Each home loan and refinance transaction comes with closing costs, which can be a daunting hurdle if you’re low on the cash required to close on that mortgage. Fortunately for homebuyers and those seeking to refinance, many lenders offer a no-closing-cost mortgage option, by having the expense rolled into the loan balance or by having it padded into your interest rate, instead of paid in a one time, lump sum payment on closing day.
How much are mortgage closing costs?
Every homebuyer wants and needs to know: How much money do you need to buy a house? The answer is likely more than you expect, because it’s easy to overlook closing cost. Closing costs typically range between 1 to 4 percent of your loan amount.
The amount you that you may be charged for closing costs will vary based on its location, the price of your home and the amount of your loan. Depending on the final percentage, say for instance, if you were to borrow a $300,000 loan, for example, your closing costs could range any where from $3,000 to $12,000.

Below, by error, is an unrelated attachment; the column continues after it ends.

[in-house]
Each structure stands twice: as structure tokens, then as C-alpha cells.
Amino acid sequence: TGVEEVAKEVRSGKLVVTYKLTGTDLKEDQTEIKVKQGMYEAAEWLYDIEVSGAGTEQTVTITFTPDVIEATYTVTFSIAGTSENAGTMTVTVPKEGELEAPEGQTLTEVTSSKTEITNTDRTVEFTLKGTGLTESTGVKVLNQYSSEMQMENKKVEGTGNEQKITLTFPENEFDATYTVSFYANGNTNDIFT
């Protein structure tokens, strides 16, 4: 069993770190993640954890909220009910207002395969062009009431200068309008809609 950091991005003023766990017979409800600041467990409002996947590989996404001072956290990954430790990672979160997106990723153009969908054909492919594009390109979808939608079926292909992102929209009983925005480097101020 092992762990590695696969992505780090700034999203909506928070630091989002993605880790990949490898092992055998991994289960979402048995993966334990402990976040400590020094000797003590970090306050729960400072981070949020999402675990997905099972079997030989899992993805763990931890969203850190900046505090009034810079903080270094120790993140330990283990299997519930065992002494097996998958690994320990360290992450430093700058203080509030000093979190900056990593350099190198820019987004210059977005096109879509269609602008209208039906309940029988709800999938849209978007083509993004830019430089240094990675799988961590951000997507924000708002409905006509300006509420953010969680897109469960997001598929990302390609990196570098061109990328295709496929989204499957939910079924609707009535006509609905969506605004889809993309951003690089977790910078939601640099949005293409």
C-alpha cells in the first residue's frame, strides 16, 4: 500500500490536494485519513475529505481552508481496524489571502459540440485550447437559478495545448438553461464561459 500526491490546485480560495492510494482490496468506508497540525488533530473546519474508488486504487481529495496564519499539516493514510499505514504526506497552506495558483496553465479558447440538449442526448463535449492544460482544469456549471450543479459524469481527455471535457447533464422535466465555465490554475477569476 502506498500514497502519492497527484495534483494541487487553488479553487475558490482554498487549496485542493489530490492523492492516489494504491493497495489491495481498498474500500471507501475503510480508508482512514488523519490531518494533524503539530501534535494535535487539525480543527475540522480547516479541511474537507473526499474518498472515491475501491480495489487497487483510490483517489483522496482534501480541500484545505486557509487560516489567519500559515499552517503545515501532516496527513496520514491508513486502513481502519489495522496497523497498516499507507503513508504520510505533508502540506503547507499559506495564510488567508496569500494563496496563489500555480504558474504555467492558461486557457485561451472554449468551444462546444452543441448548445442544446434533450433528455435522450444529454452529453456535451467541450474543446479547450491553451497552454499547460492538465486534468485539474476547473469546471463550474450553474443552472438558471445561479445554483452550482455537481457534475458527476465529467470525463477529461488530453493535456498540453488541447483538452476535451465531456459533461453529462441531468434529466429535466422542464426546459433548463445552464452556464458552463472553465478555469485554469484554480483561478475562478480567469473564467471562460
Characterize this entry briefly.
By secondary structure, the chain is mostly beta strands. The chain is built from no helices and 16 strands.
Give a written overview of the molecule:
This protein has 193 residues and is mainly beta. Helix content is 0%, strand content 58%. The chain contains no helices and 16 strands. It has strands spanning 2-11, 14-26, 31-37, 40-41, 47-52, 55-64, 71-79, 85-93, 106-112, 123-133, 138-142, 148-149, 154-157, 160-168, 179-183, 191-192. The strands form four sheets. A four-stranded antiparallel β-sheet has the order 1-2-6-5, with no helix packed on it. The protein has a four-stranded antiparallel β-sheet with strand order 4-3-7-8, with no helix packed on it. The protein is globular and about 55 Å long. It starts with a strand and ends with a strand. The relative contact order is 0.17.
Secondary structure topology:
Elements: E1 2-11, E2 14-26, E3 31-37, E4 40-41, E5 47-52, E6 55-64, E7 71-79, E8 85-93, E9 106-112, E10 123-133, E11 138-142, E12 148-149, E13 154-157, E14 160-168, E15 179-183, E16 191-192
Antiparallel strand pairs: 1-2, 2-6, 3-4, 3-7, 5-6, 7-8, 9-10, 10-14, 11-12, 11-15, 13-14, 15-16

Practically everyone has to pay for closing costs, which include charges for essential services expenses like the licensed home inspection, appraisal, title fees, deed or mortgage registration taxes, recording fees, and loan fees that cover things like filing, underwriting, processing and loan origination.
What exactly is a no-closing-cost mortgage?
Instead of paying these combined costs all at once when you close, you could opt for a no-closing-cost home loan. A no-closing-cost mortgage is one in which you aren’t required to pay closing costs upfront. But you’ll still be responsible for these fees. The only difference is that, under a no-closing-cost mortgage, your lender will either add those fees onto your principal balance or choose the option of charging you a higher interest rate on the loan to cover those closing costs.
How no-closing-cost mortgages work